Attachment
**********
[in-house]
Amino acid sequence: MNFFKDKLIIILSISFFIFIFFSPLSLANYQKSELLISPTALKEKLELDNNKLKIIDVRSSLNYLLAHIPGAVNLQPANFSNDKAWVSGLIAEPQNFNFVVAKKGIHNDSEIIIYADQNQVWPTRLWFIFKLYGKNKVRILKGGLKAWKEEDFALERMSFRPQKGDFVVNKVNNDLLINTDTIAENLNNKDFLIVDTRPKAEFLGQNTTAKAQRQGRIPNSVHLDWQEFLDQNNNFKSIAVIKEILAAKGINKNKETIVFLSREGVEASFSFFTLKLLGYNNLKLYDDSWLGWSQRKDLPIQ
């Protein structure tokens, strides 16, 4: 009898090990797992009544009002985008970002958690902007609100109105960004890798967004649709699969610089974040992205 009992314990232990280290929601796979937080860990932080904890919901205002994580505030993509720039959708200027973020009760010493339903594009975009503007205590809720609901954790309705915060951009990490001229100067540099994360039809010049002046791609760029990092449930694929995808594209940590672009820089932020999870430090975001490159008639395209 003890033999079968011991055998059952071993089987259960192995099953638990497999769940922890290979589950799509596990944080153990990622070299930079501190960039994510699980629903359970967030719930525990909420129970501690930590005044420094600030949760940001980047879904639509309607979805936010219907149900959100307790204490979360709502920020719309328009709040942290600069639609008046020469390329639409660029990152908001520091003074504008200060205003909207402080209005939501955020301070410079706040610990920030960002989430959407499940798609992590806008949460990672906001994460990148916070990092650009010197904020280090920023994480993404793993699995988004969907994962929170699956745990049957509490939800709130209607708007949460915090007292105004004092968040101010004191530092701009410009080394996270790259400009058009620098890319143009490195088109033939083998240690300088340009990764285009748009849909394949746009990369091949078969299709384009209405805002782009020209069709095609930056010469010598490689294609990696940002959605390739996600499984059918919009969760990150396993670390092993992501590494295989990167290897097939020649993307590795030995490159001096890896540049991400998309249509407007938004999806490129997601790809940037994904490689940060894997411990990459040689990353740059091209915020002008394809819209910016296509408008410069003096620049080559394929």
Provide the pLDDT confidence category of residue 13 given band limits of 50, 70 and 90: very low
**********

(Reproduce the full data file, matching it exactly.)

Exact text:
[in-house]
Amino acid sequence: MNFFKDKLIIILSISFFIFIFFSPLSLANYQKSELLISPTALKEKLELDNNKLKIIDVRSSLNYLLAHIPGAVNLQPANFSNDKAWVSGLIAEPQNFNFVVAKKGIHNDSEIIIYADQNQVWPTRLWFIFKLYGKNKVRILKGGLKAWKEEDFALERMSFRPQKGDFVVNKVNNDLLINTDTIAENLNNKDFLIVDTRPKAEFLGQNTTAKAQRQGRIPNSVHLDWQEFLDQNNNFKSIAVIKEILAAKGINKNKETIVFLSREGVEASFSFFTLKLLGYNNLKLYDDSWLGWSQRKDLPIQ
């Protein structure tokens, strides 16, 4: 009898090990797992009544009002985008970002958690902007609100109105960004890798967004649709699969610089974040992205 009992314990232990280290929601796979937080860990932080904890919901205002994580505030993509720039959708200027973020009760010493339903594009975009503007205590809720609901954790309705915060951009990490001229100067540099994360039809010049002046791609760029990092449930694929995808594209940590672009820089932020999870430090975001490159008639395209 003890033999079968011991055998059952071993089987259960192995099953638990497999769940922890290979589950799509596990944080153990990622070299930079501190960039994510699980629903359970967030719930525990909420129970501690930590005044420094600030949760940001980047879904639509309607979805936010219907149900959100307790204490979360709502920020719309328009709040942290600069639609008046020469390329639409660029990152908001520091003074504008200060205003909207402080209005939501955020301070410079706040610990920030960002989430959407499940798609992590806008949460990672906001994460990148916070990092650009010197904020280090920023994480993404793993699995988004969907994962929170699956745990049957509490939800709130209607708007949460915090007292105004004092968040101010004191530092701009410009080394996270790259400009058009620098890319143009490195088109033939083998240690300088340009990764285009748009849909394949746009990369091949078969299709384009209405805002782009020209069709095609930056010469010598490689294609990696940002959605390739996600499984059918919009969760990150396993670390092993992501590494295989990167290897097939020649993307590795030995490159001096890896540049991400998309249509407007938004999806490129997601790809940037994904490689940060894997411990990459040689990353740059091209915020002008394809819209910016296509408008410069003096620049080559394929």
Provide the pLDDT confidence category of residue 13 given band limits of 50, 70 and 90: very low